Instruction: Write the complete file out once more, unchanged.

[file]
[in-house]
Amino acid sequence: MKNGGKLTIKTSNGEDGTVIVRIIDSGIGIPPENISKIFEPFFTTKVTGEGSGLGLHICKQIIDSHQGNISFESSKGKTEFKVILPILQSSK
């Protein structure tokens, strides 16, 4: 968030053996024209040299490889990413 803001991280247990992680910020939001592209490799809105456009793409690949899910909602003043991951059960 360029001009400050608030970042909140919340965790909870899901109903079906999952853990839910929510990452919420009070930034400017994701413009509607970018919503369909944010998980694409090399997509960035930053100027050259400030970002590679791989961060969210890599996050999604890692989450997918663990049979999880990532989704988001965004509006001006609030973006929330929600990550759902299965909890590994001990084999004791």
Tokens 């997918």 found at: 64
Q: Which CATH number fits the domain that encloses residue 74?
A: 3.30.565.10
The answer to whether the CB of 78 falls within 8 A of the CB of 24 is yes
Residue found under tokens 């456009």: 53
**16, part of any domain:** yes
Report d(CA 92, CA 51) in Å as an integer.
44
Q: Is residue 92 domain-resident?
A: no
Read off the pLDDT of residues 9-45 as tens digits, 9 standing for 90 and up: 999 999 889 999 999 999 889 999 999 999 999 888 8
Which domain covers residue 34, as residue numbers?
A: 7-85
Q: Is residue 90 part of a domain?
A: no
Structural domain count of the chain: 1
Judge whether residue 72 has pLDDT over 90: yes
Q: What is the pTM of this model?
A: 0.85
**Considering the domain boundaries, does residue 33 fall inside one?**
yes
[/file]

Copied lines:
[in-house]
Amino acid sequence: MKNGGKLTIKTSNGEDGTVIVRIIDSGIGIPPENISKIFEPFFTTKVTGEGSGLGLHICKQIIDSHQGNISFESSKGKTEFKVILPILQSSK
């Protein structure tokens, strides 16, 4: 968030053996024209040299490889990413 803001991280247990992680910020939001592209490799809105456009793409690949899910909602003043991951059960 360029001009400050608030970042909140919340965790909870899901109903079906999952853990839910929510990452919420009070930034400017994701413009509607970018919503369909944010998980694409090399997509960035930053100027050259400030970002590679791989961060969210890599996050999604890692989450997918663990049979999880990532989704988001965004509006001006609030973006929330929600990550759902299965909890590994001990084999004791």
Tokens 């997918």 found at: 64
Q: Which CATH number fits the domain that encloses residue 74?
A: 3.30.565.10
The answer to whether the CB of 78 falls within 8 A of the CB of 24 is yes
Residue found under tokens 């456009």: 53
**16, part of any domain:** yes
Report d(CA 92, CA 51) in Å as an integer.
44
Q: Is residue 92 domain-resident?
A: no
Read off the pLDDT of residues 9-45 as tens digits, 9 standing for 90 and up: 999 999 889 999 999 999 889 999 999 999 999 888 8
Which domain covers residue 34, as residue numbers?
A: 7-85
Q: Is residue 90 part of a domain?
A: no
Structural domain count of the chain: 1
Judge whether residue 72 has pLDDT over 90: yes
Q: What is the pTM of this model?
A: 0.85
**Considering the domain boundaries, does residue 33 fall inside one?**
yes